My parents rallied, my boyfriend at the time and his mom did too (Not my boyfriend anymore, but I still love them both). The plan was a house for my daughter and I, and an expanded business plan. I had this. I had people. We were going to be okay. We had it all worked out. And then we didn't. At the last minute, everything fell apart (My own family doesn't believe in me. I must be a terrible person). We scrambled to find something, ANYTHING. But rents are high and sometimes on purpose. Gotta keep the riff raff out, ya know. We lost our home and my business in one fell swoop.

There's something about packing your things when you know everything is going into storage (I can't believe this is happening). There's a disbelief (This can't be real) that goes with it until those final moments (at least my dogs are okay in my friend's kennel). It feels like a train is coming, and you're tied to the tracks. It feels like like screaming for help in a dream where nobody can hear you. And worse, your child's fate is inextricably tied to yours. It's what you think of in that moment when you load up the last of your things on the truck (I'm so lucky to have help moving my stuff), the moments when you are putting everything you own (at least I have stuff and a place to keep it) into a storage locker; your bed, your child's bed, your books and your child's toys. Then that slam of the door sliding shut on your whole world, and the click of the lock.  But the worst moment is that one when you get in your car (at least I have a car) and your child looks at you, and all you can think is "What do we do now?" (Oh God, don't cry. If ever you needed to hold it together it's now. Do it. Be strong. You failed. You failed. You're a failure. You failed your child, so you better HOLD IT TOGETHER YOU LOSER.) It's weird that life just keeps going. I'd bring my daughter to school, fortunate that she had that stability (Thank you, B&T), then go to the kennel to take care of the dogs (I'm so lucky to have a safe place for them), and search day after day for a place to call home. I would go pick up my daughter after school (Act normal. Keep it together. Nobody wants to hear about your embarrassing problems. Failure Failure Failure. Don't forget to smile. All these people get to go home and have dinner. They get to relax and go to bed. I wonder if they know how awesome that is.)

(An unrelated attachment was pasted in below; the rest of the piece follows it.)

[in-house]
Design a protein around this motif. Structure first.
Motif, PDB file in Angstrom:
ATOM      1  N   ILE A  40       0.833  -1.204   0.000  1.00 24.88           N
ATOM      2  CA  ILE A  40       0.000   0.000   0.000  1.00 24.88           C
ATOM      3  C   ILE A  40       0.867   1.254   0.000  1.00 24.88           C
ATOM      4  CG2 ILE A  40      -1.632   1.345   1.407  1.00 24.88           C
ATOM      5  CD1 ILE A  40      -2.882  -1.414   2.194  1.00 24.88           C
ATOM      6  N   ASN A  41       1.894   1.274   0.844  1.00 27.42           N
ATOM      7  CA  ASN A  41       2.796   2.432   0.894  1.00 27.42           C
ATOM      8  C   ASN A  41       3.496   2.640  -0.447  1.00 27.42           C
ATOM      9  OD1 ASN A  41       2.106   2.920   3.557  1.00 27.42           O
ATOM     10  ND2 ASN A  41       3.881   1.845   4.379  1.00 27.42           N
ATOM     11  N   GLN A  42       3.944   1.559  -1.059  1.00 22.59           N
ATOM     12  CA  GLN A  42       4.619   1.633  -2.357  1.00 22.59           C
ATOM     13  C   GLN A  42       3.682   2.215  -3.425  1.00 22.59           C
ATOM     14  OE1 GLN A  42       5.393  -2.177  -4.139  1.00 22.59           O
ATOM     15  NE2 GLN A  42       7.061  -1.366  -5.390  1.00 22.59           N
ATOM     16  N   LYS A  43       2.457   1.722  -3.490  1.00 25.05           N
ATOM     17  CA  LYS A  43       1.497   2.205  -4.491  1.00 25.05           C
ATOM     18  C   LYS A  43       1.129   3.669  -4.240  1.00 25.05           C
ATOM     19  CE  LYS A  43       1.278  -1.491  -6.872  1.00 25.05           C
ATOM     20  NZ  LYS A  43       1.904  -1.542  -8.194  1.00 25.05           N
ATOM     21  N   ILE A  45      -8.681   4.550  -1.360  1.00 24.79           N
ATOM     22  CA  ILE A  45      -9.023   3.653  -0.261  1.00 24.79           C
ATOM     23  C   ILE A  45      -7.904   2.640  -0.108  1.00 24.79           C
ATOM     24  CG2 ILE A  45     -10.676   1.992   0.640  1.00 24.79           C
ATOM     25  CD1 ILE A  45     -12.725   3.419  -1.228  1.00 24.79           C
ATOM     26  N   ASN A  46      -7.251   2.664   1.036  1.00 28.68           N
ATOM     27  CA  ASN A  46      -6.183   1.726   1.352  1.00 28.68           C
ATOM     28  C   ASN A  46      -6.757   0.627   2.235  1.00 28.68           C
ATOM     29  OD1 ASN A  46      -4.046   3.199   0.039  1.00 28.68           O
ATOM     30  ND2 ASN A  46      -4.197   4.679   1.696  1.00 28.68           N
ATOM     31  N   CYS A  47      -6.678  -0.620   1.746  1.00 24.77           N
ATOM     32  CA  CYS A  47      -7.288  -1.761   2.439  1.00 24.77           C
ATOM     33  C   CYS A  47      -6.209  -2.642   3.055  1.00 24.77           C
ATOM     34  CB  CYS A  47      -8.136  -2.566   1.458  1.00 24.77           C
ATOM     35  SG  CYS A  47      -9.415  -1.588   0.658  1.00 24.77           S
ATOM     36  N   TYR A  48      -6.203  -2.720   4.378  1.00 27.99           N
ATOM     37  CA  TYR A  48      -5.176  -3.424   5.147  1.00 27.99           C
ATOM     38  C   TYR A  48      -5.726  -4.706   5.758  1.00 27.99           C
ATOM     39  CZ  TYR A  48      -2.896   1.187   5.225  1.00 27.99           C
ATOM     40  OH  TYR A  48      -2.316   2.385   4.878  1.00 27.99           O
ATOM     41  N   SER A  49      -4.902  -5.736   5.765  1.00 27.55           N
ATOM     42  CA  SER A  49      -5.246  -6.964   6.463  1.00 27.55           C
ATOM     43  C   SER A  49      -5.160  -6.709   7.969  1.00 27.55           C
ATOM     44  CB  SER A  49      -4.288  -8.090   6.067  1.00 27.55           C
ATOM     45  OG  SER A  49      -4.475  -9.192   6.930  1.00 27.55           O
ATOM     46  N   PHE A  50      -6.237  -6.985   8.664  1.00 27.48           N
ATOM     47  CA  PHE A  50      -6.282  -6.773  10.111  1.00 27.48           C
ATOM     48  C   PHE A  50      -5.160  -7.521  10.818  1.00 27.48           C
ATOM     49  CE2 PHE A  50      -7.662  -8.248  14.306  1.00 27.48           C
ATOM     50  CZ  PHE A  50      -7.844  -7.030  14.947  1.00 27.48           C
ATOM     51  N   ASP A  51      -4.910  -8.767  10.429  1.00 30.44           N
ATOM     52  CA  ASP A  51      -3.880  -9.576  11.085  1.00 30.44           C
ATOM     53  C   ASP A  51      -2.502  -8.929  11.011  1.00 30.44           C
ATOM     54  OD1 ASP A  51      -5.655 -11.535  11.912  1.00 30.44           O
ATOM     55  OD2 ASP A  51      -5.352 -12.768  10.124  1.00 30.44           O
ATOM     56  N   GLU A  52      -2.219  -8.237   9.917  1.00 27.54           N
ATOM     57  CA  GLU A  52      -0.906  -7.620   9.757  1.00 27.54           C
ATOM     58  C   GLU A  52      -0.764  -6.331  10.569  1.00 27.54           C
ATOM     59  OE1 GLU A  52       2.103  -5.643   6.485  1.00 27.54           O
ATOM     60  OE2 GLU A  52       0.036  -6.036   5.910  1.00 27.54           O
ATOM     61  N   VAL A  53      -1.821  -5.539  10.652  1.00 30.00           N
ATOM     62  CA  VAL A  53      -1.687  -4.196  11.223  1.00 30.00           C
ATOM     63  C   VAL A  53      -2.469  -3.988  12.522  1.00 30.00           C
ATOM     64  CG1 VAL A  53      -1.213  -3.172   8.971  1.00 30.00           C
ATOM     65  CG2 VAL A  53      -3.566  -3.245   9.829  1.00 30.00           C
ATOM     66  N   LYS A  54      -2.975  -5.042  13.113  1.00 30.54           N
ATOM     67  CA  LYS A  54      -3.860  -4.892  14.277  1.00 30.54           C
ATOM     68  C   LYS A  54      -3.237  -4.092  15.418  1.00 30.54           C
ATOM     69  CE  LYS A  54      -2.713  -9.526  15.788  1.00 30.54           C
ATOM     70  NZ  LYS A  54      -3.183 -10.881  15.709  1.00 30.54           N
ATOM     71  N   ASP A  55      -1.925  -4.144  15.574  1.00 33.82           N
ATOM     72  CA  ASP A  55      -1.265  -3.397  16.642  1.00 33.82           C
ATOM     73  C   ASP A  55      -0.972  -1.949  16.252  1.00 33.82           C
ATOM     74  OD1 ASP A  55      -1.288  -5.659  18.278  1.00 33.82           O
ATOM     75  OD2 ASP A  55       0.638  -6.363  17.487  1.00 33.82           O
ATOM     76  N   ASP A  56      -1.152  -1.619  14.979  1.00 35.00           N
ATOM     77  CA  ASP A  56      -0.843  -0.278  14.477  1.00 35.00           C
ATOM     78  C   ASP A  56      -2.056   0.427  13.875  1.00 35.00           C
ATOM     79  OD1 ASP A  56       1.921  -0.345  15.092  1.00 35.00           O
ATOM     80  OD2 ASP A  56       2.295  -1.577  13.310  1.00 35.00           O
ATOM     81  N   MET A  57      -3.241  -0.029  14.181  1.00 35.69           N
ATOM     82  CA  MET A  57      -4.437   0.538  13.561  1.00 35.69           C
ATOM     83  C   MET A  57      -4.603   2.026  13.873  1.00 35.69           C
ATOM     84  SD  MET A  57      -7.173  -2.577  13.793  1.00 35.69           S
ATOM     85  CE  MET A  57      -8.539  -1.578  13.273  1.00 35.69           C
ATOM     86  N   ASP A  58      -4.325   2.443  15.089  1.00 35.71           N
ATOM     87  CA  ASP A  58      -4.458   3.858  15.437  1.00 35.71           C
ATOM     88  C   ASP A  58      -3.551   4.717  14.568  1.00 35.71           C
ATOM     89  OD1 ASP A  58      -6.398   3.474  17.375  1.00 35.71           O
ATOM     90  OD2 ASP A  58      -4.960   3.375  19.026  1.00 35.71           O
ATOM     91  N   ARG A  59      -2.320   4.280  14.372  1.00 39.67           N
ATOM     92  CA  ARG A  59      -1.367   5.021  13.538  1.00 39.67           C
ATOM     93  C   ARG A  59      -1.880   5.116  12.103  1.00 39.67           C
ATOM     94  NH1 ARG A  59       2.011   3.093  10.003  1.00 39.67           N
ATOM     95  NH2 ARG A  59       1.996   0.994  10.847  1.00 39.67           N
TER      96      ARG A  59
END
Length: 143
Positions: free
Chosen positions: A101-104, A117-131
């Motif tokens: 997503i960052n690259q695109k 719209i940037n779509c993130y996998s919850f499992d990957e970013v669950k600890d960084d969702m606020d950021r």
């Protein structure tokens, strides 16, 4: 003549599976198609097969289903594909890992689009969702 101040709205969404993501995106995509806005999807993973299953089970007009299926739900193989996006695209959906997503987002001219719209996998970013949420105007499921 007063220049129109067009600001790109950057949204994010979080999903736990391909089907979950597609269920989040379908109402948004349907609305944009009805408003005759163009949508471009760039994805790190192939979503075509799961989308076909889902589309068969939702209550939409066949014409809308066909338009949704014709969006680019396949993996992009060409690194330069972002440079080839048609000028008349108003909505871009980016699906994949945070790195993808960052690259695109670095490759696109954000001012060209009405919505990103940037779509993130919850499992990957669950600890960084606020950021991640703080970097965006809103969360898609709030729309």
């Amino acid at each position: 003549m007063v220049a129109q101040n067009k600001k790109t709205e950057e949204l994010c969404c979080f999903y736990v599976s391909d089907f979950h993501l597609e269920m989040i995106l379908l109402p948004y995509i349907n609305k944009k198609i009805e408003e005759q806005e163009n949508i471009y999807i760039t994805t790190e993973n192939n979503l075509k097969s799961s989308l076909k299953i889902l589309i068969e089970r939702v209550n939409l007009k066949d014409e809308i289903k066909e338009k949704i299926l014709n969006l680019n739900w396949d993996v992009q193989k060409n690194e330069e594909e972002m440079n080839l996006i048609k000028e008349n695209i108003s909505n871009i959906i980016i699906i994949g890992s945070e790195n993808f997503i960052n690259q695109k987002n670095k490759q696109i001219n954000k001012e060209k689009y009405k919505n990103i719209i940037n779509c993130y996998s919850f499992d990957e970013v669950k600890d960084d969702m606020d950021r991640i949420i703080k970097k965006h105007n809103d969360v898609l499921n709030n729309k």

A lot of people have a lot of misunderstandings about poverty and homelessness. There's so much propaganda floating around out there that's very enticing. If you believe the poor are okay, you don't have to do anything. If you think the safety net works, YOU are off the hook.  If you believe that the poor and homeless did it to themselves, it allows you the triple advantage of 1) getting to pass judgement 2) getting to feel 'better than' and 3) you have the opportunity to feel good about turning your back on other human beings. I think very few people would knowingly do that, but the misinformation that's spread around has made poor-bashing acceptable and normal. It's disgusting. If you seriously believe that there is any advantage to being poor, I strongly encourage you to be in touch with local organizations who deal with poverty issues. Or, you know, talk to poor people. Perhaps even more important, set aside your personal bias and LISTEN.

Having said that, some of the LEAST understanding people I have ever met are social workers. Some are amazing, some just want to get through the day, but there are a surprising number of them who just want to talk down to you, talk at you, tell you how to live your life and talk to you about choices. They have the right intentions, but they are coming from their own place and not that of the client. They can't relate at all but they think they understand perfectly. It's a very dangerous combination, and likely the source of the perpetuation of misinformation so prevalent in the media today. They dispense a lot of advice that folks don't want or need and really can't take. To be clear, the REAL choices are: Food or rent, food  or gas, food or electricity, food or cleaning supplies, and when it gets toward the end of the month, food for me OR for my child (obviously a no-brainer). If I had a nickel for every person who wanted to talk at me about my "budgeting issues" or similar subjects (you just have to learn to be POSITIVE!), I would have had no more financial problems. My biggest budgeting issues were that I didn't have enough money, and lacked a magic wand.